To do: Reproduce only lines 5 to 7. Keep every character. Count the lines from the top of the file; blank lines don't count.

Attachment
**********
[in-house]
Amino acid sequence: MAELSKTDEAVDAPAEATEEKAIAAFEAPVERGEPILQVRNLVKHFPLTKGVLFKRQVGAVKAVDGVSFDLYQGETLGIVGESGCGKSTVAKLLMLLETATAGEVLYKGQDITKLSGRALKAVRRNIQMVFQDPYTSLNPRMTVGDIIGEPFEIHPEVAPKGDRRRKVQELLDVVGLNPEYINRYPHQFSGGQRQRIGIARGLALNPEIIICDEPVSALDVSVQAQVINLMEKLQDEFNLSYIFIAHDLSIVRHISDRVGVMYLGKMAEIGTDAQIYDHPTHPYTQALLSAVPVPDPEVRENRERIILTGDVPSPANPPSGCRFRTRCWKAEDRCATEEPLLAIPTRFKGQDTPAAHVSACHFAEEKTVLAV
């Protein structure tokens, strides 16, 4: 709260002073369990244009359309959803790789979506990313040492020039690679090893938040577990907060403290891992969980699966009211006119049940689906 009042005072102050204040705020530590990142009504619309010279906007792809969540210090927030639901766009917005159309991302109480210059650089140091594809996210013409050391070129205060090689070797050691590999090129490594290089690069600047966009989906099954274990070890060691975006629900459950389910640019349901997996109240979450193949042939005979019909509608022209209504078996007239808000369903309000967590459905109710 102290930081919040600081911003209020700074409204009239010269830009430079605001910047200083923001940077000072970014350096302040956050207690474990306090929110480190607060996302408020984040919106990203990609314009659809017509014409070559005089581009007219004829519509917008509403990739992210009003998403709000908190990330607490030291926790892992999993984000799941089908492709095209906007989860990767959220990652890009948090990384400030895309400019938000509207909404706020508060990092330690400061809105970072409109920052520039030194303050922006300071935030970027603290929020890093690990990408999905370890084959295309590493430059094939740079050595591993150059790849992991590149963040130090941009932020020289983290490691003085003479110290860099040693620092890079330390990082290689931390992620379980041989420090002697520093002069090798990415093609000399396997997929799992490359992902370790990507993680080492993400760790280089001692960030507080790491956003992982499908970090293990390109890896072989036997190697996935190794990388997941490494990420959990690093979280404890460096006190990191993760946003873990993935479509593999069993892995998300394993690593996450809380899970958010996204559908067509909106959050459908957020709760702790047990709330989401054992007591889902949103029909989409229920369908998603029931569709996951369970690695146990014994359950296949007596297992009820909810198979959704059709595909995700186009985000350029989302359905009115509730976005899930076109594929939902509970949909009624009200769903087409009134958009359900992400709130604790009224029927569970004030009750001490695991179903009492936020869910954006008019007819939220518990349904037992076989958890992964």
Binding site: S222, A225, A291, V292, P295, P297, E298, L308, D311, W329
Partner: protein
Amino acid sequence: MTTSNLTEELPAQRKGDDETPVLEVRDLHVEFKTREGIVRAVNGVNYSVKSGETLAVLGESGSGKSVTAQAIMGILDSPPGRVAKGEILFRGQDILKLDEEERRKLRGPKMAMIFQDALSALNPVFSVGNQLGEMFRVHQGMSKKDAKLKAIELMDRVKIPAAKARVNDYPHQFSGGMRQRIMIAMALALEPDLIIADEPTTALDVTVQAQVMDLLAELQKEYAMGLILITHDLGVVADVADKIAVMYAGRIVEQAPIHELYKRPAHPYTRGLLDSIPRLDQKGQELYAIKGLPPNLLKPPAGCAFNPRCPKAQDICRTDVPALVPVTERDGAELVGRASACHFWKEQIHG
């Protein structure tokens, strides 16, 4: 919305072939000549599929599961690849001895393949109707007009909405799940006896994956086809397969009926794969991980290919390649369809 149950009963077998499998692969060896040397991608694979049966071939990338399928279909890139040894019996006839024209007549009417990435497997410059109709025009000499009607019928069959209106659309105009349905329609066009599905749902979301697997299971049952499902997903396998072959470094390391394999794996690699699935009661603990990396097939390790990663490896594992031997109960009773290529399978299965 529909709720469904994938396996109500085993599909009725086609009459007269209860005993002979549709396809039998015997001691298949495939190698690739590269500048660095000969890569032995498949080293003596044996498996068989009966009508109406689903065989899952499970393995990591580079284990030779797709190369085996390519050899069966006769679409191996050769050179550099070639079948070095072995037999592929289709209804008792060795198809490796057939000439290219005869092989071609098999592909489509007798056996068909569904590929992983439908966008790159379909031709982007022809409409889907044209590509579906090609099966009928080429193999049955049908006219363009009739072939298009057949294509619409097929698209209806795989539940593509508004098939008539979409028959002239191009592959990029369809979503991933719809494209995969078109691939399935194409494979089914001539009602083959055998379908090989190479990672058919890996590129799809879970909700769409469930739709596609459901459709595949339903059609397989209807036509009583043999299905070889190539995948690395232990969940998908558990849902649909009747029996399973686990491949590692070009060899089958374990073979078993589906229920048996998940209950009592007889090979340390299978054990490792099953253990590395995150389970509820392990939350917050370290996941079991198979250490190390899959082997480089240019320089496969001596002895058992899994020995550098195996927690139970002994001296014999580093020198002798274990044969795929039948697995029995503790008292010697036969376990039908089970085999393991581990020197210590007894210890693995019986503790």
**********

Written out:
Partner: protein
Amino acid sequence: MTTSNLTEELPAQRKGDDETPVLEVRDLHVEFKTREGIVRAVNGVNYSVKSGETLAVLGESGSGKSVTAQAIMGILDSPPGRVAKGEILFRGQDILKLDEEERRKLRGPKMAMIFQDALSALNPVFSVGNQLGEMFRVHQGMSKKDAKLKAIELMDRVKIPAAKARVNDYPHQFSGGMRQRIMIAMALALEPDLIIADEPTTALDVTVQAQVMDLLAELQKEYAMGLILITHDLGVVADVADKIAVMYAGRIVEQAPIHELYKRPAHPYTRGLLDSIPRLDQKGQELYAIKGLPPNLLKPPAGCAFNPRCPKAQDICRTDVPALVPVTERDGAELVGRASACHFWKEQIHG
């Protein structure tokens, strides 16, 4: 919305072939000549599929599961690849001895393949109707007009909405799940006896994956086809397969009926794969991980290919390649369809 149950009963077998499998692969060896040397991608694979049966071939990338399928279909890139040894019996006839024209007549009417990435497997410059109709025009000499009607019928069959209106659309105009349905329609066009599905749902979301697997299971049952499902997903396998072959470094390391394999794996690699699935009661603990990396097939390790990663490896594992031997109960009773290529399978299965 529909709720469904994938396996109500085993599909009725086609009459007269209860005993002979549709396809039998015997001691298949495939190698690739590269500048660095000969890569032995498949080293003596044996498996068989009966009508109406689903065989899952499970393995990591580079284990030779797709190369085996390519050899069966006769679409191996050769050179550099070639079948070095072995037999592929289709209804008792060795198809490796057939000439290219005869092989071609098999592909489509007798056996068909569904590929992983439908966008790159379909031709982007022809409409889907044209590509579906090609099966009928080429193999049955049908006219363009009739072939298009057949294509619409097929698209209806795989539940593509508004098939008539979409028959002239191009592959990029369809979503991933719809494209995969078109691939399935194409494979089914001539009602083959055998379908090989190479990672058919890996590129799809879970909700769409469930739709596609459901459709595949339903059609397989209807036509009583043999299905070889190539995948690395232990969940998908558990849902649909009747029996399973686990491949590692070009060899089958374990073979078993589906229920048996998940209950009592007889090979340390299978054990490792099953253990590395995150389970509820392990939350917050370290996941079991198979250490190390899959082997480089240019320089496969001596002895058992899994020995550098195996927690139970002994001296014999580093020198002798274990044969795929039948697995029995503790008292010697036969376990039908089970085999393991581990020197210590007894210890693995019986503790």